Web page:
https://www.youtube.com/watch?v=Rk-pISvud6w&t

Matchlock and wheellock firing according to authentic French 17th century regulations


Notes:
[1] A nacent technology, wheellock guns were complex to build in an era with no machine tools. They appealed therefore only to the wealthy who could afford them in the first place and then who, generally, expected them to be highly decorated. They were deluxe examples of the armourer’s craft and not for the masses.

[2] Snaphance – A spring-loaded lock whereby upon pulling a trigger, a hammer holding the flint falls which strikes the steel frizzen and while pushing it forward scrapes particles from its surface, which as sparks, fall into a flashpan containing a priming charge of fine gunpowder, igniting first it and then, through a touchole, the main propellant charge (sort of like a cigarette lighter works). A separate pan-cover would allow the gun to be carried loaded, but for safety, not cocked.

Snaphances and flintlocks are similar, but the flintlock is faster to operate and more reliable in wind and rain than a snaphance. Also, Flintlocks can be carried half cocked, where as snaphances are either cocked or not.

The problem of probate

Or is it really a problem? It was for Michael Bellesiles who lost his career because it was assumed that Arming America was solely based upon that information.purdey

The problem is that “common items” such as hoes don’t show up, but firearms do. Which is “proof positive” that firearms were somehow common.

This neglects the expense that firearms most likely were in pre-industrial revolution, colonial America.  On the off chance that there were gunsmiths cranking out firearms, let alone rifles, we have to address the issue of coming up with metal that would withstand being used as a firearm.  That means any steel would have to be hand forged given the Navigation Acts, in particular the Iron Act of 1750, ban on colonial industry (and Birmingham’s monopoly on firearm manufacture).

My previous post comes up with a budget bespoke firearm going for £2,500 (US$3,115.03 at today’s rate). I would post the top end of the firearm range, and some used Purdeys selling in the range of US$65,000. Now, wouldn’t it make sense for something which would cost roughly US$3,000 to 65,000+ to be listed in probate record over something which might have cost anywhere from a couple of dollars to maybe 100 in modern funds?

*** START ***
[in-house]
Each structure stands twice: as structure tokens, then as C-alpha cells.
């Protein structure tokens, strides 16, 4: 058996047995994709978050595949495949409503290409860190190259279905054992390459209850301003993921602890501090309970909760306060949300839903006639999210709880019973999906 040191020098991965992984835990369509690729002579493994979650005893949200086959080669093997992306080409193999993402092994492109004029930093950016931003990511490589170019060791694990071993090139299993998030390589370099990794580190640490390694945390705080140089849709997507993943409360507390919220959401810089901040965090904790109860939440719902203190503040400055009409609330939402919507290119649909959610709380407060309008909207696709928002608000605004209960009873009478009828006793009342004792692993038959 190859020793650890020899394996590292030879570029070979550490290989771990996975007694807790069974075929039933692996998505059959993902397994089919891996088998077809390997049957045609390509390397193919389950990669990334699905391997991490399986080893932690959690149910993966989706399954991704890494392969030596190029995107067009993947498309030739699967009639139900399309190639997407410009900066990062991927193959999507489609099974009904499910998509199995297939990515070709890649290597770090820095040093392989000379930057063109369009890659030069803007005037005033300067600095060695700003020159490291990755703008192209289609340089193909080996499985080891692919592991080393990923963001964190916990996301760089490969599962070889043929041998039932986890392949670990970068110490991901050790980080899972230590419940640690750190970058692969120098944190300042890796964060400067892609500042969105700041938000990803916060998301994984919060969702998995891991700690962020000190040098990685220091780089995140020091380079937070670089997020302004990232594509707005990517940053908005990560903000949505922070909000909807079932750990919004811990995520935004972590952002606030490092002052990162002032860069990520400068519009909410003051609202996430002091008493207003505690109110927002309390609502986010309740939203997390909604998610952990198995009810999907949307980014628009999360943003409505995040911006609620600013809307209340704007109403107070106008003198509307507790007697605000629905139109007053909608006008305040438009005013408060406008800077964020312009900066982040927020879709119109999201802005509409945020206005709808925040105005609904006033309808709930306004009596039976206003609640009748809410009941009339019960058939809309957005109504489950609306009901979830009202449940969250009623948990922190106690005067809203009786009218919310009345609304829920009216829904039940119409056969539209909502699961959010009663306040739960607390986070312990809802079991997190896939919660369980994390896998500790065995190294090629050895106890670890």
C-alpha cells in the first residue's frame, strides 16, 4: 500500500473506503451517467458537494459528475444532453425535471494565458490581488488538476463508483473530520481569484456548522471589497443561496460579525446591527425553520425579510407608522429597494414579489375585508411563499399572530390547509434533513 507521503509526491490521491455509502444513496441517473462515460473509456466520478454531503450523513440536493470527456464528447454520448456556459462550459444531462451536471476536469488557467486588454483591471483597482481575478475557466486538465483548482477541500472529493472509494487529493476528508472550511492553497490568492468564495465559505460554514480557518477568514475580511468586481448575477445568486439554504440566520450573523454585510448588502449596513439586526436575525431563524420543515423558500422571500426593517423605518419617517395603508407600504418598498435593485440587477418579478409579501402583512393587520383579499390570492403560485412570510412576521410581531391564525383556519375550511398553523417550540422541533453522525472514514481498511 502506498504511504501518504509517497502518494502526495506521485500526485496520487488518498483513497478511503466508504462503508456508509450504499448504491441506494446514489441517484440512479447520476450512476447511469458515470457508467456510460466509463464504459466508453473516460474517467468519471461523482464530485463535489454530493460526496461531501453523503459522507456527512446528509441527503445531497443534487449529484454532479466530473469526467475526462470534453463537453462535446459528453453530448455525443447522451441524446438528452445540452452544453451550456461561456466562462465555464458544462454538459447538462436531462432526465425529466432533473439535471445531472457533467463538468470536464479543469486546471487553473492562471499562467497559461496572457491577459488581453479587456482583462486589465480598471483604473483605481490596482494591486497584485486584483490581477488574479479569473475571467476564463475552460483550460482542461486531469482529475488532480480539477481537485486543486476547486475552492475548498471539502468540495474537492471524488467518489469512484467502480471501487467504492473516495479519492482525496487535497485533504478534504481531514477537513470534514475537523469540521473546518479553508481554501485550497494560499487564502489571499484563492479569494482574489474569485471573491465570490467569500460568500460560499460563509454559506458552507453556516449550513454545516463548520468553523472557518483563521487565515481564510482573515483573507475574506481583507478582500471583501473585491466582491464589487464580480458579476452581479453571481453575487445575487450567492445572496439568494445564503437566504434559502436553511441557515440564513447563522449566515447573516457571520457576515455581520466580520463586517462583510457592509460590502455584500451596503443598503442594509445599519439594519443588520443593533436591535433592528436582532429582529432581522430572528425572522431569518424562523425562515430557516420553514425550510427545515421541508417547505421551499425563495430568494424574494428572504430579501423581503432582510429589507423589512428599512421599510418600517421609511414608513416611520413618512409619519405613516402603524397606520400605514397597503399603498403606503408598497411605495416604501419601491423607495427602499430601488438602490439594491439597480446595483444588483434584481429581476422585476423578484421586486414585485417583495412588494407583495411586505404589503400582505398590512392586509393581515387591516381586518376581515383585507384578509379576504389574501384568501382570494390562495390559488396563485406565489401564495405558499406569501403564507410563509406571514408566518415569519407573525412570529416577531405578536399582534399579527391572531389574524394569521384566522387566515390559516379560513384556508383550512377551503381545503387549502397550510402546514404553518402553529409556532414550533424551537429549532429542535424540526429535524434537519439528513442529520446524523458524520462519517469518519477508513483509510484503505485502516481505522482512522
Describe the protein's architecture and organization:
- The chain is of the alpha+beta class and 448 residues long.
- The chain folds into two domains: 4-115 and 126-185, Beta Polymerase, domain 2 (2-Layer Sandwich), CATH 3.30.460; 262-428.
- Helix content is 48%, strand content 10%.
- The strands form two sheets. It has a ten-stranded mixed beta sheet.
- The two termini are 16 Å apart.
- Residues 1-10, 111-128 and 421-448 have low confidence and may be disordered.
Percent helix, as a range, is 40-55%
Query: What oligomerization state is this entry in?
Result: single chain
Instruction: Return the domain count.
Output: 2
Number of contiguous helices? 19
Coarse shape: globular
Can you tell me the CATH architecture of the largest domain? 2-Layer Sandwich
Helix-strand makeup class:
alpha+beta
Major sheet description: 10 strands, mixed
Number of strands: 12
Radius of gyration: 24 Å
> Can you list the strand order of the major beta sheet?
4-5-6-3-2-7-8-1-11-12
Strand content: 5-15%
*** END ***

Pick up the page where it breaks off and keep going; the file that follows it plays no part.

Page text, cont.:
Also, which would be more valuable? Obviously, the more expensive firearm.

If we are going to say that gunsmith were common, we have to address the cost of tools on top of the cost of producing metal which could be used in firearm production. I seriously doubt that a rifling lathe could have been produced on the frontier.  That would mean that such a device would have had to have been imported from Europe: those pesky Navigation Acts might have been a factor.

It is common knowledge that rifles were being produced on the frontier, which might have had something to do with a prohibition on industry more than societal factors. While muskets may have been inaccurate, early muzzleloading rifles had more problems than they were worth.

I’m sure expense would have been one of them.

While rifles were the more complex firearm to build, they still were like building clockworks. And we are talking about hand making clockwork in a pre-industrial society.

Which leads to two issues:

  1. Were firearms really common, or luxury items that would have been contested after death?
  2. Were colonial gunsmiths actual full blown firearms manufacturers, or just somebody who fixed broken weapons?

I am under the impression that firearms are one of the great American founding myths since it doesn’t look too good when one realises that independence really came because of a grudge match based upon the Seven Years/French and Indian War (e.g., most firearms used were European manufactured): not colonial superiority of any kind. We have documentation of a lack of firearms and firearms manufacturing capability in colonial North America, which I have mentioned before and in this.

The need to make firearms a common item at the time of the founding is a fundamental key to any attempt to portray the Second Amendment as somehow not relating to the common defence.  The problem is that it is painfully obvious  that firearms were luxury items in preindustrial societies, as anyone familiar with hand made firearms will attest.

I would bet the farm that firearms would be as expensive as a Purdey, if not more so, back then.

That’s why probate records are not reliable.